- There has been a significant increase in the number of starch-based plastics available for packaging applications.
- Innovative printing processes have allowed traditional effects to be achieved without the use of traditional materials.
- After material reductions have been achieved, sustainability turns to Cradle to Cradle, a methodology that encourages that packaging enhances the environment and human health.
While recently leading a workshop on sustainable cosmetics packaging in Paris, the question again arose, “What is the most sustainable material that we can use?” Those who have worked in sustainability for some time will always give the safe answer of “it depends,” as in “it depends on what you are trying to do with your packaging and what sustainability attributes you are trying to meet.” Different materials will be the best choice depending on whether you are trying to have the packaging recycled, composted or kept for a second use—or to ensure the minimum of damage to the product it contains so that you don’t have to send a second one.
This “less” approach saves Puma 65% of the cardboard used in the previous version, as well as 275 tons of plastic bags and 500,000 liters of diesel from lowered transport needs. It also allows for 60% savings in water, energy and diesel consumption on the manufacturing level alone.
There are even water-soluble solutions from companies such as Plantic that offer a very quick and easy way of disposing of the material—dissolve it in your sink. Starch has the advantage of being low cost (bringing down the cost of biopolymers from their sometimes unaffordable prices), stable in price compared to the seesawing of commodity prices these past few years and, oftentimes, a waste material from other processes such as food production. Expect to see more starch being introduced as a raw material as its use moves from food to beauty packaging.
Inks and Coatings
In the inks and coatings, innovative printing processes that avoid the use of foils (and thus enable complete recycling of the paperboard by simply de-inking) have shown that metals can be removed from packaging decoration without sacrificing metallic effects. One such process has been achieved by Henkel with its Mirafoil product. This liquid coating consists of tiny aluminum platelets applied by flexographic printing, followed by a UV curing step. An additional colored ink layer is added to create any metallic color, and the coating can be applied to precise areas of the packaging. The ink is volatile organic compound (VOC)-free, and can be printed onto any smooth, coated paper surface, including recycled paper, and also onto a variety of polymers.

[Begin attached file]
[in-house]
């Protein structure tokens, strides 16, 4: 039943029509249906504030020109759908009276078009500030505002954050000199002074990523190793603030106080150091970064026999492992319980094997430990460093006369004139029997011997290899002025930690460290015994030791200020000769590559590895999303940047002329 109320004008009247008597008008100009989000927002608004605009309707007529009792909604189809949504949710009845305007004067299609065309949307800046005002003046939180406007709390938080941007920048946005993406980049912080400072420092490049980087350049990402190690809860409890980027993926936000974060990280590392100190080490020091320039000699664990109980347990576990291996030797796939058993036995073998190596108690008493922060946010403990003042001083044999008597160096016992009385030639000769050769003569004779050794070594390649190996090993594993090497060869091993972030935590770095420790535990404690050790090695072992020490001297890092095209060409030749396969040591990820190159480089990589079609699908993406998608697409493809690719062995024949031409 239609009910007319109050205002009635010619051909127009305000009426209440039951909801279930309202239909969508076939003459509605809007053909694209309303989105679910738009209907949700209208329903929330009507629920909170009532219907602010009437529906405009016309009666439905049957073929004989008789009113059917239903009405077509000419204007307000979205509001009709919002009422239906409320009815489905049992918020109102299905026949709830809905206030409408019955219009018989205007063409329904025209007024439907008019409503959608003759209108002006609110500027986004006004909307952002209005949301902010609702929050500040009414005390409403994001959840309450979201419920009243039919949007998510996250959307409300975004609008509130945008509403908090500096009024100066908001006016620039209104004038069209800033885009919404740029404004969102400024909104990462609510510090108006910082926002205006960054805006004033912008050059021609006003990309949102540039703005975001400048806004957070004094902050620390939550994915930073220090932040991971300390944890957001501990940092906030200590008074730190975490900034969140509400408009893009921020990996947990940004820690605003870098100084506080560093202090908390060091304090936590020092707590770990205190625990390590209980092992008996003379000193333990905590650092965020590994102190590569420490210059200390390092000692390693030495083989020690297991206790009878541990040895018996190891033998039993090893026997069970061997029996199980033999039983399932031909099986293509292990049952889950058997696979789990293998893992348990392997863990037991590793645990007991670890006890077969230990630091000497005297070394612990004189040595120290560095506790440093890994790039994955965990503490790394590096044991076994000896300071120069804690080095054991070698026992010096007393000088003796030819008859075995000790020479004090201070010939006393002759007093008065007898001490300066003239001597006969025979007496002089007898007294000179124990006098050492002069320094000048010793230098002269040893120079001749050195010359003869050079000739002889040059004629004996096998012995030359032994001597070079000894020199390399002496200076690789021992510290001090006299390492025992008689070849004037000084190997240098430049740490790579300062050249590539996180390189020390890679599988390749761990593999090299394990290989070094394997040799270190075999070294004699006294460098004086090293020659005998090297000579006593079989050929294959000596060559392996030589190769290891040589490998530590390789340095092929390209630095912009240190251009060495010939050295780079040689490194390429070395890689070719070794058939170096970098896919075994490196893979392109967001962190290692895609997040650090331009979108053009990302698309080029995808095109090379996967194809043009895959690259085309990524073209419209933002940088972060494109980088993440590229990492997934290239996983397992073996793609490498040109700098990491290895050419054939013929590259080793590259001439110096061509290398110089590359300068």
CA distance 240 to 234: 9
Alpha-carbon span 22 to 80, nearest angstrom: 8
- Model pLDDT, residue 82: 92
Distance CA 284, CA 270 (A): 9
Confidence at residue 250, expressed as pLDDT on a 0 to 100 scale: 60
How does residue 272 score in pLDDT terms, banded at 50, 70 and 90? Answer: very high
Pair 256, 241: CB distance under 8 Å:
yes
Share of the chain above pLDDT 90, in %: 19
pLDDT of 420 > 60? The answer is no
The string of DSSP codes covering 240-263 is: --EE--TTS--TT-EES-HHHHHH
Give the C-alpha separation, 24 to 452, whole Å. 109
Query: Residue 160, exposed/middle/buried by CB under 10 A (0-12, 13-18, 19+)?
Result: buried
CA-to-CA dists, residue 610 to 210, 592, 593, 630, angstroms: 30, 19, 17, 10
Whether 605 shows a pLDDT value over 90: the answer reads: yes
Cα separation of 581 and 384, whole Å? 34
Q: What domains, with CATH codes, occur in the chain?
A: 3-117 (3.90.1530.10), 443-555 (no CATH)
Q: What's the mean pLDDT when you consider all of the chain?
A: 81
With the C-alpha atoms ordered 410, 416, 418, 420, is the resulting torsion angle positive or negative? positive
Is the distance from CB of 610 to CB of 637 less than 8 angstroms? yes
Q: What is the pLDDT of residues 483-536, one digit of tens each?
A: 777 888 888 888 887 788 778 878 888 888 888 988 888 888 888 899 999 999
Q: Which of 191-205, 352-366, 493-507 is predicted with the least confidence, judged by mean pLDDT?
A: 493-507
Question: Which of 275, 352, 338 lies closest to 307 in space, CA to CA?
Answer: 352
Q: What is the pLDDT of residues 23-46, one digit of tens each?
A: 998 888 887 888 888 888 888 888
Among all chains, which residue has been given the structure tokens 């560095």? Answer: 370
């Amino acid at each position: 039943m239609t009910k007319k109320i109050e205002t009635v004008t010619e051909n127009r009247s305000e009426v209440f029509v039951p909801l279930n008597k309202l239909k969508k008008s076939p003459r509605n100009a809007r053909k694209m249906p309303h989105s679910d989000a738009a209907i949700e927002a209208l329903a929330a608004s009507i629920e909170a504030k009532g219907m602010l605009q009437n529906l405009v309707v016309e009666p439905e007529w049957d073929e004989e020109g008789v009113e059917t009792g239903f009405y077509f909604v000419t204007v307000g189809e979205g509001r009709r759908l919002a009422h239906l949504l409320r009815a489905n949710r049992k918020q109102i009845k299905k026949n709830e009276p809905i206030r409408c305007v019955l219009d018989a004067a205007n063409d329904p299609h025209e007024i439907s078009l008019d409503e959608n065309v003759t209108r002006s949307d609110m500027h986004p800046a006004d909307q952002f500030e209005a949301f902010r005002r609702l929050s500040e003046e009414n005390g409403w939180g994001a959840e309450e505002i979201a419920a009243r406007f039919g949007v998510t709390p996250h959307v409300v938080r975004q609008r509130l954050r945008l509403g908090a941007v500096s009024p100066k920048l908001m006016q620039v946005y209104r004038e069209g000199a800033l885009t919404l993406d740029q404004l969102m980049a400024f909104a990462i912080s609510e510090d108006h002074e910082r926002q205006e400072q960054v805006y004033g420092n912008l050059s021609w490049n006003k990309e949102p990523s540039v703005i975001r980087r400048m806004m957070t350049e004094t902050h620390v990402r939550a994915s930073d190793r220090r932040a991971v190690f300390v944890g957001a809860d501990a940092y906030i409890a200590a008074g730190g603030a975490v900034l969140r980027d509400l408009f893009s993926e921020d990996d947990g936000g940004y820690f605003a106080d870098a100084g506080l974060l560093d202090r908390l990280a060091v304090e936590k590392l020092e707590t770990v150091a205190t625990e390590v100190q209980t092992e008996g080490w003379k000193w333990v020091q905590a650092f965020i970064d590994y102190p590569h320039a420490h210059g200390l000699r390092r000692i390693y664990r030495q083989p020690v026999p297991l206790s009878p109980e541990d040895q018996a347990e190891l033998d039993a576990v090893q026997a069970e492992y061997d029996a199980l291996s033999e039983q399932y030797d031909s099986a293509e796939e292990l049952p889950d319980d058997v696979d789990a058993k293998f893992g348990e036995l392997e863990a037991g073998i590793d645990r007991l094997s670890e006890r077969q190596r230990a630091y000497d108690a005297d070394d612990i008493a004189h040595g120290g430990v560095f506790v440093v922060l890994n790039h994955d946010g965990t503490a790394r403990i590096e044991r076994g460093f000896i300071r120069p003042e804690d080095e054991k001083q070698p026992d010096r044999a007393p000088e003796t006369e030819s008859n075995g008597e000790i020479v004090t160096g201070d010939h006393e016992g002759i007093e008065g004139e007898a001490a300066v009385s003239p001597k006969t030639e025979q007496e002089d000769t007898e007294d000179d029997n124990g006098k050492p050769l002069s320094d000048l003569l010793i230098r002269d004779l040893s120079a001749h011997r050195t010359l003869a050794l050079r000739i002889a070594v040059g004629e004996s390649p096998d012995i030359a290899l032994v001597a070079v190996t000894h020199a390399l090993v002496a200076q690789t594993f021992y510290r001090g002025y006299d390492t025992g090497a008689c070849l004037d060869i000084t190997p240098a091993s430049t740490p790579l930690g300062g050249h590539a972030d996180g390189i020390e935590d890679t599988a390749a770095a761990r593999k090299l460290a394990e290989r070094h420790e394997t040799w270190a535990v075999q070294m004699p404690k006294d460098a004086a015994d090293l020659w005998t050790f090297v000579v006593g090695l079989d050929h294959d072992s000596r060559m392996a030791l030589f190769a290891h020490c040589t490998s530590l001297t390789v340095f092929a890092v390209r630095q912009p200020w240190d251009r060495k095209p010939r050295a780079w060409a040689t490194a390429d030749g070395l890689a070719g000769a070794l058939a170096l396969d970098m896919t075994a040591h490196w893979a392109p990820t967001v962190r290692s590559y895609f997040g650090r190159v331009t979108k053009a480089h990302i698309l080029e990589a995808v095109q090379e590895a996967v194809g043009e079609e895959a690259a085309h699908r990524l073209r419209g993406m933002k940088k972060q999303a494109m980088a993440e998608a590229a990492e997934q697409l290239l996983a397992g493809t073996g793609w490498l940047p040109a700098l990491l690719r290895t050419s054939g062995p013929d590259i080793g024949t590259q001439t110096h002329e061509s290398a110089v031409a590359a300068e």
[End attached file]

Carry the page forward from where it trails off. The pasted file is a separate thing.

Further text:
Reducing energy during the print curing process has been achieved by Roland DG of the Netherlands with its UV-LEC 330/300 process, a low-heat LED UV ink-jet printing process that adds texture and relief to prints using less energy. A variety of materials—paper, synthetic and real leather, textiles, foils, BOPP (biaxially oriented polypropylene), PE, PC and PET films with a thickness of up to 0.039 inches (1 mm)—can be used as printing substrates. The equipment used in this technique can also cut complex graphics after printing with an integrated cutting plotter, and the printed films can be stretched over corners and edges without burr formation or tearing. In addition, matte or glossy transparent coatings can be applied. The multilayering of inks added during this process allows for the creation of an embossed surface effect, much like Braille. For those who want to go one step further than vegetable or soy with their ink choices, Thai company Panorama SOY Ink Co., Ltd. is offering post consumer recycled vegetable oil inks. They consist of 45% post consumer vegetable oil, 21% pigment and 34% rosin; are VOC-free; and have good rub-resistance, high gloss and good color strength. They dry and set faster and have better dot sharpness compared to regular inks, and can be used for printing on paper and plastic.
The ability to thermoform compound curved geometries from paper-based sheets also allows you to do more in terms of shapes and effects, and the Swedish company Billerud has created a product called FibreForm that can do just this. Using FSC-certified wood fibers in a sheet that has good stretchabilty on thermoforming machines, it is suitable for food contact and can be printed and coated for decorative effect.
The Next Step
Recent innovations in materials for packaging continue to allow more to be done with less through lower impact solutions that simply use less. But what happens then? When you have used as little as you can, for example in Poland Spring’s water bottles that use the minimum amount of plastic possible, there is nowhere left to go (assuming you are already using recycled content).
At that point, sustainability turns to the Cradle to Cradle, a methodology that encourages you to do more good rather than less bad by ensuring that the packaging you produce enhances the environment and human health rather than doing a minimum amount of damage.
So improve and innovate as best you can to minimize your impact and do as much as you can with as little as possible. But after that, take a look at how you might redesign using Cradle to Cradle, and consider how you can do much, much more with more to make a positive rather than negative impact on our planet.
Andrew H. Dent, PhD is vice president, library and materials research, for Material ConneXion, a global materials consultancy and library of innovative and sustainable materials.